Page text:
- Sigurd makes this suggestion to Hal in Brotherband. Hal is severely undermanned, and takes his advice to win the competition.
- Al Bundy says as much in an episode of Married... with Children where Al enters himself in an athletic competition for senior citizens. When he's standing victoriously on the podium and holding his medals, he says, "It's only cheating if you get caught."
- Porridge has this happen often. Fletcher delivers lines like:
Godber: I mean, we're all here for different reasons, aren't we?Fletcher: With respect, Godber, we are all here for the same reason....We got caught.
- The trope name is spoken almost verbatim in Andromeda by Gaheris Rhade to Hunt in a flashback when Dylan catches him cheating at Go. Rhade is visibly confused as to why Dylan is angry at him. Being a Nietzschean, he naturally assumes that everyone behaves that way, if they want to survive.
- In a Warehouse 13 episode, Artie plays a game of Battleship with an AI that has taken over the warehouse. He wins by not actually putting any ships on the board. This is used to prove a point to the AI that it is merely an incomplete version of its creator, who is a master cheater.
- Theoretically, anything a team on Scrapheap Challenge/Junkyard Wars brings back to their lot is theirs for keeps. Yeah, right...unless the other team steals it, in which case the hosts and thieves have a laugh at the victimized team's expense.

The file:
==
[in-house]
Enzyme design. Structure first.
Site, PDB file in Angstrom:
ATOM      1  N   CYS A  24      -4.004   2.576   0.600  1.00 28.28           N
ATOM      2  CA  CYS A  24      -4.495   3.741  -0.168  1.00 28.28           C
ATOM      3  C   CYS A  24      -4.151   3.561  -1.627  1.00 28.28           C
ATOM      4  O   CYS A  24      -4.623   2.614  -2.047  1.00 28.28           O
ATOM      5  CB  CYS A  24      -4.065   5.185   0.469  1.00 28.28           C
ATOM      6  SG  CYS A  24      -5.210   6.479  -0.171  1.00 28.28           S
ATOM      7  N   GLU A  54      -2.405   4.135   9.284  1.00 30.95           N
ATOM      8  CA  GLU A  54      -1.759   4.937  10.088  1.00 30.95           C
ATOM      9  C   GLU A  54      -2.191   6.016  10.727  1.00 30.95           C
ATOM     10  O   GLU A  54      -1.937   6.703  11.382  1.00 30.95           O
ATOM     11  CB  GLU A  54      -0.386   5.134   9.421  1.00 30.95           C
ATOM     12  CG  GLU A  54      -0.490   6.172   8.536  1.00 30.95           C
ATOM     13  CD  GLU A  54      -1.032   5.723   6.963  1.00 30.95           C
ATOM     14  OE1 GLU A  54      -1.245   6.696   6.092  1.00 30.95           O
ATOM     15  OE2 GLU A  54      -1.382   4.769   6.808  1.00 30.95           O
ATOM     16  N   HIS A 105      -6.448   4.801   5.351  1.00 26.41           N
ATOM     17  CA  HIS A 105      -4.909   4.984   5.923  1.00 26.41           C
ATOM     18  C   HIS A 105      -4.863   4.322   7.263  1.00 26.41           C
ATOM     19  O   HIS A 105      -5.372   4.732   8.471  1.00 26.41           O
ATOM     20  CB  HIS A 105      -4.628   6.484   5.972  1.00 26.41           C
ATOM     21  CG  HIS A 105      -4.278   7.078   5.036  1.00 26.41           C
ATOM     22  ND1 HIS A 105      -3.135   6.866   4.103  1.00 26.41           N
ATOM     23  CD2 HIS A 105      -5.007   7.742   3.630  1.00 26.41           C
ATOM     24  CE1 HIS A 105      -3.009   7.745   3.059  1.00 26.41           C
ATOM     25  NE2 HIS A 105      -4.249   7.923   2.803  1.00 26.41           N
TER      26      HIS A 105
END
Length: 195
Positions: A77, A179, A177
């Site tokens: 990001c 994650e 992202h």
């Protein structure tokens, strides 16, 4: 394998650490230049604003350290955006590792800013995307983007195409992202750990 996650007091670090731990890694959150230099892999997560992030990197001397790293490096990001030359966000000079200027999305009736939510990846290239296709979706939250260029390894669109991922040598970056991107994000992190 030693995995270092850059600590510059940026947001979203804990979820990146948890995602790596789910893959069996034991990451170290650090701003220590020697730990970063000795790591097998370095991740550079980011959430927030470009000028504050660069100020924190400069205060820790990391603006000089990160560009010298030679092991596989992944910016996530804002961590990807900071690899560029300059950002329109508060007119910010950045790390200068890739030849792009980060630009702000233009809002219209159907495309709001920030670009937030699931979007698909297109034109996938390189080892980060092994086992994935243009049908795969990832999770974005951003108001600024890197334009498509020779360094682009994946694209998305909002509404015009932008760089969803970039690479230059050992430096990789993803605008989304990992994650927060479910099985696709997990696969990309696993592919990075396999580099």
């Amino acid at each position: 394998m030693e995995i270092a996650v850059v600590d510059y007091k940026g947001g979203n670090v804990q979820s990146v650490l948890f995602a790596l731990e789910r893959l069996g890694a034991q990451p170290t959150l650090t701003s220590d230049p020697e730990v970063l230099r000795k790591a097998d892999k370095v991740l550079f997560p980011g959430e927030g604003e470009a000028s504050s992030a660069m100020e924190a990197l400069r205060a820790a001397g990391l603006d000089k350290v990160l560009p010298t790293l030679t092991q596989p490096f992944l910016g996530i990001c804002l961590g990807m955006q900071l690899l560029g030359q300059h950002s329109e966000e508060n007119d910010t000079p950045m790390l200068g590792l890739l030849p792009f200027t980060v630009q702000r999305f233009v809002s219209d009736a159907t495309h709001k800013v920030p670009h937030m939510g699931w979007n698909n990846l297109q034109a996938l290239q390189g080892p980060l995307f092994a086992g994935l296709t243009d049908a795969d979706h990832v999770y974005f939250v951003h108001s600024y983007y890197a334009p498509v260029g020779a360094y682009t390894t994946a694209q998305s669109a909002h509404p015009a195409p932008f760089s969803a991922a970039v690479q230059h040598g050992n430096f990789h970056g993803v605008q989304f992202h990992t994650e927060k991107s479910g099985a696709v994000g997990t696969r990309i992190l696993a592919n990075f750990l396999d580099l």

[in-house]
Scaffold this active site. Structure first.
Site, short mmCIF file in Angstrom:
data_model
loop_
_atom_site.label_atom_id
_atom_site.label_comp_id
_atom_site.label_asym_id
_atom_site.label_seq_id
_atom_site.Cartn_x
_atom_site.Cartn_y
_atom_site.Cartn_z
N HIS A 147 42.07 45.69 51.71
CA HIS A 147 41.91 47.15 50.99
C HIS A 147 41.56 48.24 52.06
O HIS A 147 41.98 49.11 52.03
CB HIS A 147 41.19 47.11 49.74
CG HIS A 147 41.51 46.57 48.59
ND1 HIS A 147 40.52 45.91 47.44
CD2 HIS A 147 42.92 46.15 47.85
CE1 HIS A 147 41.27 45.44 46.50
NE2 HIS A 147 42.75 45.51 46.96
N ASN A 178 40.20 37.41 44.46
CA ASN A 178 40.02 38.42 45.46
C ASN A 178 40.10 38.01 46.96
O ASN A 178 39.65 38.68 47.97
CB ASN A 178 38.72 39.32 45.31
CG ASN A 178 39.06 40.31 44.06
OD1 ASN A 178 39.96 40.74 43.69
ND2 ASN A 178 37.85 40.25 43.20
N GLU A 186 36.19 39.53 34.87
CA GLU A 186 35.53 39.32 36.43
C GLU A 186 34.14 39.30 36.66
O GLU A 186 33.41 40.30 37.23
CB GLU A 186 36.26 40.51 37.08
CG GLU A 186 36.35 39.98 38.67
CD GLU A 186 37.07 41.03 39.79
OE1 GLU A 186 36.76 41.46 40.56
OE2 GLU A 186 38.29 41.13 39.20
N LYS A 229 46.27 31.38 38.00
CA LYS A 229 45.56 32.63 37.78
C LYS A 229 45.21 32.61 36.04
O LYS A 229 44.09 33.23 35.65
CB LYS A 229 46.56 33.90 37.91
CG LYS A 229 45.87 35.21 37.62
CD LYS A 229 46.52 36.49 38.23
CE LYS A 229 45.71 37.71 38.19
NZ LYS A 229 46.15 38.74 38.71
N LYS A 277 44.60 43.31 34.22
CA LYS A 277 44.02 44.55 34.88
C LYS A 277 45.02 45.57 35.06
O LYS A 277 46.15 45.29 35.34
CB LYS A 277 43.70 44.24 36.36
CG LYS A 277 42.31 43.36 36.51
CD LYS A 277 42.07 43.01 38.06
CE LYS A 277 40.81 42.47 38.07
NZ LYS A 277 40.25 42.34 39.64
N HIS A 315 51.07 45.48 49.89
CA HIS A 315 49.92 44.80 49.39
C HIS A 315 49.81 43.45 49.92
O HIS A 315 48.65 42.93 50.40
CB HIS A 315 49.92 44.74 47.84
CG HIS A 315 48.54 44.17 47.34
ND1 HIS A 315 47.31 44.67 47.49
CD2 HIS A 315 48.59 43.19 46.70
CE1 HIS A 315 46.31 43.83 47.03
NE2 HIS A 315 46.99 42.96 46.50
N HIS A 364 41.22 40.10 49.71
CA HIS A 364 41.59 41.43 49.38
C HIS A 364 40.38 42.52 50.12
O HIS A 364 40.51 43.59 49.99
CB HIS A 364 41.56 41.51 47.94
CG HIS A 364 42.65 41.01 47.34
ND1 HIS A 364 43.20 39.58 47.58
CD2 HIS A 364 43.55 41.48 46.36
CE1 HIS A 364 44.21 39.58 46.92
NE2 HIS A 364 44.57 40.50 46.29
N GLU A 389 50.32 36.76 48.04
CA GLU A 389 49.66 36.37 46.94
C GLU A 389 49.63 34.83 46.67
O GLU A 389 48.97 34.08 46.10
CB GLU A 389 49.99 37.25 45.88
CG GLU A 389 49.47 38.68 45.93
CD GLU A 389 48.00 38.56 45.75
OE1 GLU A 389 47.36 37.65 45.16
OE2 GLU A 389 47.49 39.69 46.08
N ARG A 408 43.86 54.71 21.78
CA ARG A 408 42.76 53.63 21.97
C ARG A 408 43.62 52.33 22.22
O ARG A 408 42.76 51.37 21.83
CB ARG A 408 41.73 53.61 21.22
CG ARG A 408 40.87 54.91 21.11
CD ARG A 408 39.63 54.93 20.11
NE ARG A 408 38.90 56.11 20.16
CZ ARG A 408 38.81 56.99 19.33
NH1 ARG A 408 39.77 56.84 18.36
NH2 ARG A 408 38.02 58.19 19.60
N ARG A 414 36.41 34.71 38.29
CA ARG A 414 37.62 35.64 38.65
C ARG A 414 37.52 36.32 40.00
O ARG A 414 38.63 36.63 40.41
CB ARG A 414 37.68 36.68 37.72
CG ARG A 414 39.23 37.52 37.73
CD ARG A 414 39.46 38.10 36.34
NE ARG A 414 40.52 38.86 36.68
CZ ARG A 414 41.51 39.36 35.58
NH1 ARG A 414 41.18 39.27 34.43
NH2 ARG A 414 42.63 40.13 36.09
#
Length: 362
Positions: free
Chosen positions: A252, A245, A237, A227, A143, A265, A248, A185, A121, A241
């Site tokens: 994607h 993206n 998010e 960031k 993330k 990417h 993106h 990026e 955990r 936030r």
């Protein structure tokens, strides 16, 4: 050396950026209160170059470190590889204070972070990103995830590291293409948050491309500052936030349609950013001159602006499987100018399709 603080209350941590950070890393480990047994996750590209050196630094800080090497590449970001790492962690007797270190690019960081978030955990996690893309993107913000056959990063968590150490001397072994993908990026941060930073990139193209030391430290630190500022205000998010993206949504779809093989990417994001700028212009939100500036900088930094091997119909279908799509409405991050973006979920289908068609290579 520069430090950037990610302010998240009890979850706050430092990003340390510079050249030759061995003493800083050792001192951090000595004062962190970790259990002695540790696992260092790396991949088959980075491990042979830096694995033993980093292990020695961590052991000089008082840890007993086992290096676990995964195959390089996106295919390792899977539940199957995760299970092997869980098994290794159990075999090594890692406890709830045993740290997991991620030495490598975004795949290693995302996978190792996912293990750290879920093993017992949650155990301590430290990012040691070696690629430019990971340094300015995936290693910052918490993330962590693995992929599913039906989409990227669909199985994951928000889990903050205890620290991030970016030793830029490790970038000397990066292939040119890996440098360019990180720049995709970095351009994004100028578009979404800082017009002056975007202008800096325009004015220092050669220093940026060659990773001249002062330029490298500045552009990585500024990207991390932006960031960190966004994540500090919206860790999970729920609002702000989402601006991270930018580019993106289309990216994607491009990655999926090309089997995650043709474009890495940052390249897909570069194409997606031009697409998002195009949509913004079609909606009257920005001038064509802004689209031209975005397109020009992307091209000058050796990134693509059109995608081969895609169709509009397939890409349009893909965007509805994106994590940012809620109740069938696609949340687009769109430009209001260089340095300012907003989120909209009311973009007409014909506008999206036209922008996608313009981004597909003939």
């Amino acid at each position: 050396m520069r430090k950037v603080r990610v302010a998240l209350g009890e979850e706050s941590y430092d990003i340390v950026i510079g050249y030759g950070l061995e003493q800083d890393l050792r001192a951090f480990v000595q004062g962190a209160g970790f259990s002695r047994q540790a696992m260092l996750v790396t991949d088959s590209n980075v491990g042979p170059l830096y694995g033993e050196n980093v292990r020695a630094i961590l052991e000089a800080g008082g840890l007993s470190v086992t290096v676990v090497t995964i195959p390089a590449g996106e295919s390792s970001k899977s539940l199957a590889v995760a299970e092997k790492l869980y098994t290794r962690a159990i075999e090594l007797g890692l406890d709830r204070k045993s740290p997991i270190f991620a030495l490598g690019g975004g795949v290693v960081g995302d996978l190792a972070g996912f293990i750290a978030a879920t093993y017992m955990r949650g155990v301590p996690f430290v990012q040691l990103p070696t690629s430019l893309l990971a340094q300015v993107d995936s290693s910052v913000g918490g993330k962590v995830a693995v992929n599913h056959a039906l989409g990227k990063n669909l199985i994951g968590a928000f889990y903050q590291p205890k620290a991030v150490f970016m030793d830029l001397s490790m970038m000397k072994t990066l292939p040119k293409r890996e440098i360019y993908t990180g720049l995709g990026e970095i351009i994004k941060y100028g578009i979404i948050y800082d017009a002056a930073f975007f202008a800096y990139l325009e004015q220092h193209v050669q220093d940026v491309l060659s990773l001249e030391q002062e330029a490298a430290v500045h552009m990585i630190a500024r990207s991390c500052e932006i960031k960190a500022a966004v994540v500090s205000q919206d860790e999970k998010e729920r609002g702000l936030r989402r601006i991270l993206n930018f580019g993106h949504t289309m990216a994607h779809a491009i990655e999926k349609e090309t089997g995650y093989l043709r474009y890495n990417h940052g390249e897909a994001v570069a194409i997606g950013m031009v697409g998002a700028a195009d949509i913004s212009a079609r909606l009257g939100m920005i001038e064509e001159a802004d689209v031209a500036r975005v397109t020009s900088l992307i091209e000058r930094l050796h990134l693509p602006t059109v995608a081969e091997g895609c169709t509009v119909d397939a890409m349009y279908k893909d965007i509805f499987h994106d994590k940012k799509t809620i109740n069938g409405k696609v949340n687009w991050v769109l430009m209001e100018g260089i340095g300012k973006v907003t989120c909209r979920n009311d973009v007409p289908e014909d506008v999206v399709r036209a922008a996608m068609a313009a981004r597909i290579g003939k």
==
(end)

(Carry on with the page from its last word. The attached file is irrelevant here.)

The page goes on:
- Jeff Winger on Community runs basically the entire spectrum of amorality tropes. One of the more egregious examples is him creating fake classes to earn credits. He has to attend Greendale College because he got caught cheating in a way that his law firm could not ignore: he got his undergraduate degree from an uncredited diploma mill and when this was reported to the bar association, his license was suspended.
- The law firm pretty much runs on this trope. Harvey and Jessica get away with a lot because they are usually too smart to get caught or they are only caught when it is too late to do anything about it. On the other hand, this makes them very arrogant and gets them into serious trouble when they overshoot and get caught breaking the rules.
- When trying to win over Mike, Louis explains that Harvey is disdainful of the law and does everything he can in line with this trope. Meanwhile, Louis loves the law and does everything he can within the rules, even he sometimes has to get those rules rewritten (such as when he manages to win an eminent domain case against a restaurant, something thought to be impossible).
- Horrible Histories talks about the (supposed) Real Life example of the Spartans in "Spartan School Musical". Stealing is okay, what's wrong is getting caught!
- "Tweeter and the Monkey Man", by the Traveling Wilburys.
"Janet told him many times, 'It was you to me who taught in Jersey everything's legal as long as you don't get caught."
- Tool's song "Jerk Off" summarizes the mentality explicitly:
"If consequences dictate our course of action then it doesn't matter what's right, it's only wrong if you get caught."
- Averted in The Addams Family; if you get a ball into the Vault while the Bookcase is closed (typically an impossible feat), the game compliments you for cheating.
Gomez: Dirty pool, old man. I LIKE it!
- In Indiana Jones: The Pinball Adventure, locking a ball without hitting the three drop targets covering the hole awards 5 million points.
Shorty: You cheat, Dr. Jones!